Petticoats worn by women during the regency era had evolved from the elaborately decorated underskirts of the eighteenth century. Known as jupes, these early petticoats were worn under open-fronted skirts and were often made from materials as richly decorated and sumptuous as the outer skirt. They were also donned for warmth. For that purpose, the garment would be made of plainer more insulating cloth, such as linen, cambric, flannel, wool, or quilted cotton. Whalebone helped to stiffen the undergarment, and shape the outer skirt.

By the end of the 18th-century, dresses began to be inspired by classical statuary and the natural female…

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Originally posted on Jenna Jaxon Romance--because passion is timeless.:

Despite the fact that I have published more contemporary works than historical (to date), I still think of myself as an author of historical romance.  I’ve always loved history, loved reading about different time periods when things were done just a bit differently (or a lot!).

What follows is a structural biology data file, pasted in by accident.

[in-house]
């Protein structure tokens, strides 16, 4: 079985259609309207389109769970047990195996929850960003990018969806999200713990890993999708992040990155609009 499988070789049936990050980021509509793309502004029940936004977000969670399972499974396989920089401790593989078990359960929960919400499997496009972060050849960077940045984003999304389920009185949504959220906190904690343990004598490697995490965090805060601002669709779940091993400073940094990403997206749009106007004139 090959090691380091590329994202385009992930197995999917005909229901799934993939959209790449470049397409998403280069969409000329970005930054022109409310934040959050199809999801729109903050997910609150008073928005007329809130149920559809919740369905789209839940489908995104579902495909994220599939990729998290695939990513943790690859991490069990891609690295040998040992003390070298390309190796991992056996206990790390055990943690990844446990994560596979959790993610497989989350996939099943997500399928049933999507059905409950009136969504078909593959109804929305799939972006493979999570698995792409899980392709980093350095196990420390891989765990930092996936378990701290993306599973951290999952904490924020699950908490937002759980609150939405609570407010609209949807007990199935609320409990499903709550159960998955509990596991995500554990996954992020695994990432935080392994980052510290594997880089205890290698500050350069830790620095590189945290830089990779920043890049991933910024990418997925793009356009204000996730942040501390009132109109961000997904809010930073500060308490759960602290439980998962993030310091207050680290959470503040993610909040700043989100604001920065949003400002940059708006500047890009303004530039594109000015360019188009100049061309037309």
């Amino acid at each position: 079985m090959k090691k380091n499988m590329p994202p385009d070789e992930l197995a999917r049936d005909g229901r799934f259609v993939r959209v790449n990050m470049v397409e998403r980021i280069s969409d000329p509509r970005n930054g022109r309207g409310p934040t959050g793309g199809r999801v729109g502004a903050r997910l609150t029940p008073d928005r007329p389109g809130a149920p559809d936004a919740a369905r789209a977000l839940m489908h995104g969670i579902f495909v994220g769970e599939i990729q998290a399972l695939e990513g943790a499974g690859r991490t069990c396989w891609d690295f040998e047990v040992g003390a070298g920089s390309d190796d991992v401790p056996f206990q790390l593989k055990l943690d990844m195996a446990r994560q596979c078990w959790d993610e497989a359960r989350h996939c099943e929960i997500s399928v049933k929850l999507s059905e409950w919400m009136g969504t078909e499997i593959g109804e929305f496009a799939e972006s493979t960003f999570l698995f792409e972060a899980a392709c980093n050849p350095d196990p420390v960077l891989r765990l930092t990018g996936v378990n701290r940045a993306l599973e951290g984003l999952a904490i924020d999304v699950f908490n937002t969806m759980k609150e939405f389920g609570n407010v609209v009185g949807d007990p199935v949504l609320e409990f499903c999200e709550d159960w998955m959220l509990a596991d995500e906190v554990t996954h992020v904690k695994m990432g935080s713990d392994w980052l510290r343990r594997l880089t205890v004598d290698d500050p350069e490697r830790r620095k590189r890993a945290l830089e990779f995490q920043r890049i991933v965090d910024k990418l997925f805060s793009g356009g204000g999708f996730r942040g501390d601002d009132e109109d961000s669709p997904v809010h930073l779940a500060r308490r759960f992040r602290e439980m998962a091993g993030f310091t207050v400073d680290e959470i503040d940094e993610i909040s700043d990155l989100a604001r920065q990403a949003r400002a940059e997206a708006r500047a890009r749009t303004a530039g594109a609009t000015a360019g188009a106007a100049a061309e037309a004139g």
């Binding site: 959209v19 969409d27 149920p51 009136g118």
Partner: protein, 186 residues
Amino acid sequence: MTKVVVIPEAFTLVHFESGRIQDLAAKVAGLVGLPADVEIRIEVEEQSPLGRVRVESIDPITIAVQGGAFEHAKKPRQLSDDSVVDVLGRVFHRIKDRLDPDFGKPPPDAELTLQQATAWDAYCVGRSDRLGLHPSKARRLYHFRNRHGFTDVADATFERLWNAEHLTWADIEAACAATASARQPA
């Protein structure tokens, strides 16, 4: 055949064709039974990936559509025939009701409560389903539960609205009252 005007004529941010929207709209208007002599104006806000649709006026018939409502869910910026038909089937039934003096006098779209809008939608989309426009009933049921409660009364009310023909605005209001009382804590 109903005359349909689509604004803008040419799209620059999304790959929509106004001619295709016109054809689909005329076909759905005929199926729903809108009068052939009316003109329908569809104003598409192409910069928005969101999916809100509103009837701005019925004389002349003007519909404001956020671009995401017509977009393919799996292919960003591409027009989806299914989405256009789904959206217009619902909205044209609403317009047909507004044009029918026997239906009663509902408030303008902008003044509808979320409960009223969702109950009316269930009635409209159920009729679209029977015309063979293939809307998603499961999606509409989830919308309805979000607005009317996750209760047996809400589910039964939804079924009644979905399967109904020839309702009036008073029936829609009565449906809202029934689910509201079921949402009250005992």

I may say that I love one time period more than another, but to date, I have written novels set in the medieval, Georgian, and Victorian periods.  I have detailed outlines for several set in the Regency period also.  I am waiting for inspiration to write a Civil War era romance, a Renaissance tale, and one set in the Wild West. 

All of these periods have fascinated me at one time or another.  I was a history major in undergraduate school (no shock there I’m sure), and my love for historical research has stood me in good stead for the past three years.

If…